35 – How To Build A Media Property with Stephen Esketzis – Part 2
In the podcast:
01:04 – Ways of Growing Content
04:58 – What Content Works and Quality of Traffic in Pinterest
08:16 – The Duration and Process Of Getting Exponential Growth
13:18 – Methods of Monetization
21:22 – Promoting Content on the Paid Side
25:20 – Buying Websites Have Good Content and SEO History
26:49 – What Would He Have Done Differently If He’s Starting All Over Again
30:38 – Marketing Hacks From Stephen
Stephen Esketzis continues to discuss how he built a media web property from 0 to 50,000 daily website visitors in 2 years. He comes on our show to share exactly how he did it and scaled it, and importantly, what he would do differently if he was starting over. This episode is Part 2 of 2. You can find the part 1 here.
Ways of Growing Content
Ilana: And you know there’s I think a mantra in the content marketing space or the digital marketing space which I think is fundamentally flawed which is build it and they will come they build the content and Google will sprinkle you with love grant you traffic I think that’s a fast. So what are some of the ways that you kind of really I guess promote your content your content and syndicated out and and I guess the strategies for growth?
Stephen: So in that first site the health one we literally followed build it and they will come which is not a good idea (laughs).
Ilana: And it worked!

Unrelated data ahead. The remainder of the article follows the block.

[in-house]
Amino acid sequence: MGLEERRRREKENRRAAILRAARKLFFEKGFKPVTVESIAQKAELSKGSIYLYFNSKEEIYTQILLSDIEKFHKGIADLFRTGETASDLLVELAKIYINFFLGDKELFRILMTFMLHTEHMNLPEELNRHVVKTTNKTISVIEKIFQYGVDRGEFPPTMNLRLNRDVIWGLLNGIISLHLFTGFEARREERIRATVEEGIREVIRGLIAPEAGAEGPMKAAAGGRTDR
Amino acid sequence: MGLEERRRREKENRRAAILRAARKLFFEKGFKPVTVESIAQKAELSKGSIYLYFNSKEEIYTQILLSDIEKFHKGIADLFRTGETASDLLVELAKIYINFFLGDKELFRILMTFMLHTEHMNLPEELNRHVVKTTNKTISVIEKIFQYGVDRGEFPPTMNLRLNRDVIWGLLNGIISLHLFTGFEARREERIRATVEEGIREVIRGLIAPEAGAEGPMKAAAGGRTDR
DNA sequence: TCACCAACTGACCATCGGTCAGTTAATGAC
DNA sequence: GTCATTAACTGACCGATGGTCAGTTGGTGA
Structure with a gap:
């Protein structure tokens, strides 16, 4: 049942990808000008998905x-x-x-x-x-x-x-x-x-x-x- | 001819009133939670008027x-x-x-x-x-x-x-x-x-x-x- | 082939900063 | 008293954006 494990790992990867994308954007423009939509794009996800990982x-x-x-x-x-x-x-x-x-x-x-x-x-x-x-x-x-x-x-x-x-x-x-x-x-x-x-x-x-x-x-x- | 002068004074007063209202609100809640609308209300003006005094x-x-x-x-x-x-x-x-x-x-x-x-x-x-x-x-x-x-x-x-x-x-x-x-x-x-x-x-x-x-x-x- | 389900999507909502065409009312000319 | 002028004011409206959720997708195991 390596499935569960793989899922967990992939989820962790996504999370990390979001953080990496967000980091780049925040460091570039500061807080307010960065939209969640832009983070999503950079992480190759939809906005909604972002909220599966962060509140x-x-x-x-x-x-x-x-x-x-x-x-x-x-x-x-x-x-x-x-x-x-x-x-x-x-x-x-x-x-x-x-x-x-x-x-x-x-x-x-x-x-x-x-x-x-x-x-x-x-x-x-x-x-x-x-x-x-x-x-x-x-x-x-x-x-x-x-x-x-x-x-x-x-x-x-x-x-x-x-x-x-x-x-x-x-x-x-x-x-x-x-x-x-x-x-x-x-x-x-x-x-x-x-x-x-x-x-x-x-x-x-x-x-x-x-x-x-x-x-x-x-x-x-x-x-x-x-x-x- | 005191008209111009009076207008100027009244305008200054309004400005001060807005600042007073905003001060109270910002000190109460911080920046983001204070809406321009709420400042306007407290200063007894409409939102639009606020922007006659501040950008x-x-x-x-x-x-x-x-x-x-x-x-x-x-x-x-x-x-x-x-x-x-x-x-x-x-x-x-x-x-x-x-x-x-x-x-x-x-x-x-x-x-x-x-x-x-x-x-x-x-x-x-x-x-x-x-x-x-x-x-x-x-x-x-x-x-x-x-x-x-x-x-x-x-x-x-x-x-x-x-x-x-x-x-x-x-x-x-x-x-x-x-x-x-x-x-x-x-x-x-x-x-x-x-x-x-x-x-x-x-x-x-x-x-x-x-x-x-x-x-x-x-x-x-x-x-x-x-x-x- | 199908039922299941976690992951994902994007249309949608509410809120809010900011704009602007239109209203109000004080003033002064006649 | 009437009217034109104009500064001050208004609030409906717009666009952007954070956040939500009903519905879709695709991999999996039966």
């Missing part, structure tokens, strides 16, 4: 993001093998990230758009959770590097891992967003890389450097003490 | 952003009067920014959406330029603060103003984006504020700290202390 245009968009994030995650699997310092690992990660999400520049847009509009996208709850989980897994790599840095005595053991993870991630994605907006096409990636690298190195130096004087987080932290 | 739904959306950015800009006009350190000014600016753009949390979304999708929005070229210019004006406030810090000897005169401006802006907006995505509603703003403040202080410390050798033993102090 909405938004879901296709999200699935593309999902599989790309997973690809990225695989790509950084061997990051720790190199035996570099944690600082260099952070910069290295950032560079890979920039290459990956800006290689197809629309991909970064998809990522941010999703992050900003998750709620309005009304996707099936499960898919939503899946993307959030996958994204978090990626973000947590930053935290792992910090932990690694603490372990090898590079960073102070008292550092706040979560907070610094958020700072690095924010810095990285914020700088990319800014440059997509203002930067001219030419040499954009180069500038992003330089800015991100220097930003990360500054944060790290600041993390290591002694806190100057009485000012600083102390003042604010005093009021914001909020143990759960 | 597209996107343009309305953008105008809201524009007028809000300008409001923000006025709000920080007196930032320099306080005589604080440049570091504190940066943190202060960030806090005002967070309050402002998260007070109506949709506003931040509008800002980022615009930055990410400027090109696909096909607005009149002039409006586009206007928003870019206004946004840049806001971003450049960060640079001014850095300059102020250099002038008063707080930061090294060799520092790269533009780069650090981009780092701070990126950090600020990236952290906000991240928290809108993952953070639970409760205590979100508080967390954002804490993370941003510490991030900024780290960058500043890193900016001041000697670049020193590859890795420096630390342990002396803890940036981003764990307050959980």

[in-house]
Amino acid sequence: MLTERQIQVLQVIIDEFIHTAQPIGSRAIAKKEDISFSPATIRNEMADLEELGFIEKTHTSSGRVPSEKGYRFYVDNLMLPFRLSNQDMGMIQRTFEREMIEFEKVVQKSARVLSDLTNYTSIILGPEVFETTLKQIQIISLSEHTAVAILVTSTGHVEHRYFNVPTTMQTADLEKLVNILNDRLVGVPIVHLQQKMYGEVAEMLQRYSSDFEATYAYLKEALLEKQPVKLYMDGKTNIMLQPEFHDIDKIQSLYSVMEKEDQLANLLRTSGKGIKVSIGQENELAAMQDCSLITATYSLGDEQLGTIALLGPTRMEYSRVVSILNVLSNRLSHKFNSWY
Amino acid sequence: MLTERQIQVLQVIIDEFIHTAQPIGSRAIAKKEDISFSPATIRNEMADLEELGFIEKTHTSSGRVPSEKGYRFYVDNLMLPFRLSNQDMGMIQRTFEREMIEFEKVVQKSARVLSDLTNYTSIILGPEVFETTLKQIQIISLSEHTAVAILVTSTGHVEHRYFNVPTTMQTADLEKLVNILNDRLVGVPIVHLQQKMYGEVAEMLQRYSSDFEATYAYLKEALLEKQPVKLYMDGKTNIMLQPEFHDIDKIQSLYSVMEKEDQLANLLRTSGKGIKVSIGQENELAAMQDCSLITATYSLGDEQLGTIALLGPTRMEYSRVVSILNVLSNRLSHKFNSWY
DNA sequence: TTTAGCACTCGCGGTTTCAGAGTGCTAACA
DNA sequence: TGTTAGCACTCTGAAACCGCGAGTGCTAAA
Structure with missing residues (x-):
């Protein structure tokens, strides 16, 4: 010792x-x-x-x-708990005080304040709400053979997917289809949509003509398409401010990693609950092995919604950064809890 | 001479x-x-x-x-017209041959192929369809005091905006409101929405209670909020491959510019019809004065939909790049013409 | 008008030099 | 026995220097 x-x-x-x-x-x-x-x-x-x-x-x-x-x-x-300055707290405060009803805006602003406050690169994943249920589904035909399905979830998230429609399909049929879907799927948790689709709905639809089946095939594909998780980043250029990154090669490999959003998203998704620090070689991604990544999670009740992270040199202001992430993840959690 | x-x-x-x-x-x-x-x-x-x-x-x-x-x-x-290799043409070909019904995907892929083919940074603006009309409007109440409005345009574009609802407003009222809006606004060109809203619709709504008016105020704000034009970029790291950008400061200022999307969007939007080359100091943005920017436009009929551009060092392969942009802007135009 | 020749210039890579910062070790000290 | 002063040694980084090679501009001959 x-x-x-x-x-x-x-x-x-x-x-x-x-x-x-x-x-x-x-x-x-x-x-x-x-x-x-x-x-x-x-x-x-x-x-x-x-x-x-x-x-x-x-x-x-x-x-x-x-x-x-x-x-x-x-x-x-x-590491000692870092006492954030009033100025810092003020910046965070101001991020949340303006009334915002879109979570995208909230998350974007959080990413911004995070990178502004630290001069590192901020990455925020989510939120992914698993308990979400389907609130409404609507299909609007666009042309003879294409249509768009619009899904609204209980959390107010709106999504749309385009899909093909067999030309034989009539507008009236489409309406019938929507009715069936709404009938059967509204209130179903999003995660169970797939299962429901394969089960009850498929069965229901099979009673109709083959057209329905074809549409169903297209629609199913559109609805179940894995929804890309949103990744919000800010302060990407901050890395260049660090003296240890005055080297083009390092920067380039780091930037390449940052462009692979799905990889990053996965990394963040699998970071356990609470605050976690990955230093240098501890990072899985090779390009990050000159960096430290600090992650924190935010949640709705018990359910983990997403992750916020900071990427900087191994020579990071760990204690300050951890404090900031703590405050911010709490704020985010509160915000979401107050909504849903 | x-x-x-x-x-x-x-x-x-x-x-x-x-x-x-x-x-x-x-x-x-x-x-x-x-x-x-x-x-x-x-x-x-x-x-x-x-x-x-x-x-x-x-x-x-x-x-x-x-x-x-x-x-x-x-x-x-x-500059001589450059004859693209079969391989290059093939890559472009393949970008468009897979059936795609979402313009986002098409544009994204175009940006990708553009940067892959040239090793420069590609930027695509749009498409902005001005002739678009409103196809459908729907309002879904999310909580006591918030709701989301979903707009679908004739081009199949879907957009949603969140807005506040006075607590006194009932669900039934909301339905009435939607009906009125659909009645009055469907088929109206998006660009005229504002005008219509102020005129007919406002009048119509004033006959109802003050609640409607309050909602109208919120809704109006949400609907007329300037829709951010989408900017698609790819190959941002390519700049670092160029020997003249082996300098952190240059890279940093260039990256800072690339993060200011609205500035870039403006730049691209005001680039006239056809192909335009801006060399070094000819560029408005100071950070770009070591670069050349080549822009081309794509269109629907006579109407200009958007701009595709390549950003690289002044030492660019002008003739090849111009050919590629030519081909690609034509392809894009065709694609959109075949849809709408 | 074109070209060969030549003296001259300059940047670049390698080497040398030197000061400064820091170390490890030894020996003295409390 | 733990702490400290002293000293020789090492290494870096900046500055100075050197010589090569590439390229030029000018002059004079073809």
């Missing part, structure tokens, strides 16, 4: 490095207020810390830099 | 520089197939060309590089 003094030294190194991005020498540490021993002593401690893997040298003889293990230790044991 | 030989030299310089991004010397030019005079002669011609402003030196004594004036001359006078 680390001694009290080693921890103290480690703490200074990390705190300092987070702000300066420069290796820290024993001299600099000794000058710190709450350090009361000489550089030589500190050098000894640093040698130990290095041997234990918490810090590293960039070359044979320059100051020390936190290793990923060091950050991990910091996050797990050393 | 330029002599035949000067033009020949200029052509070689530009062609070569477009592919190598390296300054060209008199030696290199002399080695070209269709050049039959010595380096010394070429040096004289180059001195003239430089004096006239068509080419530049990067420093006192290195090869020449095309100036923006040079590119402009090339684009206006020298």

Stephen: Well it didn’t work but what you want to focus on like for us syndication. So we put a lot of effort into platforms like Pinterest and Facebook and Instagram in the early days. And Pinterest right now probably makes up about, you know, 5, 4 to 5% of our daily traffic. And we put a fair bit of work into that. So look, when it gets to SEO, focus on link building. I like literally content and link building. If you can focus on those two things, then, you know, Google’s going to start treating you right. So that’s what all the first 90 days be focused on your on page, get your structure right, get your you know, your on page technical lessons, you’re right, all of that get on Webmaster Tools, you know, so you can start seeing the traffic, everything like that, then beyond that really good content, you know, that’s engaging good, solid content. And that ranks well is so good length as well. And then start focusing on acquiring links. That’s the thing that most people hate doing. Most people are lazy doing if you can start doing link building and start actually, you know, acquiring links to your content for, you know, good quality links that are relevant in your industry. That’s how you’re going to rank no matter what anyone says. That’s just the 80/20 of being good at SEO. And I keep telling people that and everyone thinks there’s some kind of magic bullet, but it’s literally just a slog of acquiring links, sending a lot of emails and writing good content. But I guess my question is probably more around.